Saturday, November 16, 2013

Blender Git Migration - Getting the sources for devs with commit access (as of Nov 16, 13:57 UTC)

As you may have heard, Blender development is finally moving over to Git. This is the second version control system switchover that's occurred over the years that I've been involved in Blender (the first being the CVS to SVN switch; and event that I still remember!).

After several delays, the repository is finally in place this evening, so I tried cloning (i.e. grabbing the sources) from this repository to get my dev setup with this sorted out again. Thanks to Sergey for help resolving some of the issues I encountered - hopefully many of these will be resolved by the time many of you start using this for real.

NOTE: These notes are only for developers with commit access to the main repository. For everyone else, the
git clone --recursive git://
on the wiki is the recommended procedure.

EDIT: Also, I'd strongly recommend using the setup I describe in my followup post.

(*) UPDATES NOV 16 - 14:33 UTC:
- The permissions problems with other repos seems to be fixed now. The hacks below shouldn't be needed unless you run into any difficulties
- With "older" versions of git (e.g. - standard on Linux Mint 15), you'll want to use "git submodule update --recursive" instead of "git submodule update --remote" (which isn't a supported parameter). My original suggestion below works as a quick fix, but isn't what we want to be doing in the long term.

1) Cloning the repo
git clone --recursive

There were originally some permissions issues on the server, but these should be clear now. You may need to enter your SSH key password.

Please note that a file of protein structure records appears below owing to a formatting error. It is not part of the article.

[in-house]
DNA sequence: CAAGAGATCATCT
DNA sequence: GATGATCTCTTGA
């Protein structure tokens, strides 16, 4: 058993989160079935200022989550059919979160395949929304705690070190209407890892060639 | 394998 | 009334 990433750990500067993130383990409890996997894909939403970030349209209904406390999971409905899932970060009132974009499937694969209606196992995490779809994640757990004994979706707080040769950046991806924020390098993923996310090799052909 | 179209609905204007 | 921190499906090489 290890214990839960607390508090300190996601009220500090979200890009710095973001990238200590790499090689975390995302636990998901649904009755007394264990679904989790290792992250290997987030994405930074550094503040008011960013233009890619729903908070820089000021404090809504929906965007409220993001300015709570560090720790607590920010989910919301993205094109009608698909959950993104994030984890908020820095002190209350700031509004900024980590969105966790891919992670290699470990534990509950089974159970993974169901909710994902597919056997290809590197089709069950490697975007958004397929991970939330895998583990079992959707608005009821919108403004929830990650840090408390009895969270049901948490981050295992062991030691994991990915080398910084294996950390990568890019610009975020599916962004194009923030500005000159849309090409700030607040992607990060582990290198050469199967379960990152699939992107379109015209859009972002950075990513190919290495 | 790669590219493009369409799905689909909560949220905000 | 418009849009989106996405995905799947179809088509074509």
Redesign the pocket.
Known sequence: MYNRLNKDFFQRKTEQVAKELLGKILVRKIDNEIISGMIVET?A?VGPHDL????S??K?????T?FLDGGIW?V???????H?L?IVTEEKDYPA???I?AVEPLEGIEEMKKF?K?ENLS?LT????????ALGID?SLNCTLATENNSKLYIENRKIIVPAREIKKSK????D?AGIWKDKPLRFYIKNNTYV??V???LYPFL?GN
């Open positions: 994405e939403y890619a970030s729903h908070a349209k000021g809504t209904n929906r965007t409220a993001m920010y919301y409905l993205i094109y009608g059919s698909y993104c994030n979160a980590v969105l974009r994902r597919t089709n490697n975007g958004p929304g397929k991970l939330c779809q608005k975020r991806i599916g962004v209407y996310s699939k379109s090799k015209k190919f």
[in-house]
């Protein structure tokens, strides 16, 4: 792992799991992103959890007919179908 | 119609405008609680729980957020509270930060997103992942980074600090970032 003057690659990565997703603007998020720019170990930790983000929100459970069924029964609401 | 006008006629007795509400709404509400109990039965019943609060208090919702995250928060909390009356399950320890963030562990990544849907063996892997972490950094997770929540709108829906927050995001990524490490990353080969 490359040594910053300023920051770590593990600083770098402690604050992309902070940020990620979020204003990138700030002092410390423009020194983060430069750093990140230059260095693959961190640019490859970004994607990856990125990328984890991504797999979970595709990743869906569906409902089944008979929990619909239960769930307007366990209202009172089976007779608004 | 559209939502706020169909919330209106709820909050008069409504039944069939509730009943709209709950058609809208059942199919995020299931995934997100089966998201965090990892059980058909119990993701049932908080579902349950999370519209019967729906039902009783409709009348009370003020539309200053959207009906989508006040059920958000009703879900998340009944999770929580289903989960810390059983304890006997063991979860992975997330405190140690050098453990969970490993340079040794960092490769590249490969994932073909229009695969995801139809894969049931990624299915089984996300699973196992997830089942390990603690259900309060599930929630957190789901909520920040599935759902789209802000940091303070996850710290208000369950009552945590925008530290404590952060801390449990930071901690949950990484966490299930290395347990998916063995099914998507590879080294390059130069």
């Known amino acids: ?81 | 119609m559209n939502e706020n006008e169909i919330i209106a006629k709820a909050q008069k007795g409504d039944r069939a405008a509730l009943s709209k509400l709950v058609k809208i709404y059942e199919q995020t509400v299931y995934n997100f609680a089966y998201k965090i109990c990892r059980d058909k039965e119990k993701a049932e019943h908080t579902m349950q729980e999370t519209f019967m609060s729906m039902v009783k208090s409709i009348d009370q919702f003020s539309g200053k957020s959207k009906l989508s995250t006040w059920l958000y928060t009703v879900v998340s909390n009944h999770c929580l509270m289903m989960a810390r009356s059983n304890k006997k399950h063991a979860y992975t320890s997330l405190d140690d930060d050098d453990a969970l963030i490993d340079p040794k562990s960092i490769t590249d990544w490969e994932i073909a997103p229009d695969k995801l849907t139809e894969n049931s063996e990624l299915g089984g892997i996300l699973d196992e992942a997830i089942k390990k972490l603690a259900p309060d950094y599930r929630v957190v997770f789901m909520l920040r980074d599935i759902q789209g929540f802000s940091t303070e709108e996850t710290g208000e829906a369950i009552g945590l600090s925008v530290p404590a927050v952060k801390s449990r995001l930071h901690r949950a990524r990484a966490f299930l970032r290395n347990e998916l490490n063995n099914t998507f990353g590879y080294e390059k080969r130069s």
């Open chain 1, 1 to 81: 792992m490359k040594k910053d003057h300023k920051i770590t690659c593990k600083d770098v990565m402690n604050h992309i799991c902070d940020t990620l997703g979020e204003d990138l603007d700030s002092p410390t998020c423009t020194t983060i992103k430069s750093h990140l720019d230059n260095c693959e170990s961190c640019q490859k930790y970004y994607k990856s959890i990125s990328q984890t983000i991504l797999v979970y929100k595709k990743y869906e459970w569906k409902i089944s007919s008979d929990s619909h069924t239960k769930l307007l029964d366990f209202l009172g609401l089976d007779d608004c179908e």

2) Resolving issues with submodule repos you don't have commit access to  (*)
Currently there are some issues where using the "" way of cloning breaks when dealing with submodule repos that you don't have commit access to. In my case, the offending repo is the translations one.

According to Sergey, you'll currently need to go into the ".git/config" file and fix the entries for the offending repos by changing the url's for those from "<offending_repo>.git" to "git://<offending_repo>.git"

In my case, I ended up just simply commenting the whole thing out, to save downloading it at all (since I don't use/need it anyway).

WARNING: You'll need to be careful to ensure that these hacks don't end up getting committed to the main repository. I'm not sure yet what I'll need to do to ensure this doesn't go astray, but I'll check on this again tomorrow.

3) Getting the updates working for the missing submodules (*)
When the first submodule clone operation fails, all the remaining submodules are also skipped. To get things moving again, simply use:
git submodule update


Hopefully the remaining issues will be sorted out soon, and the notes here are no longer needed :)

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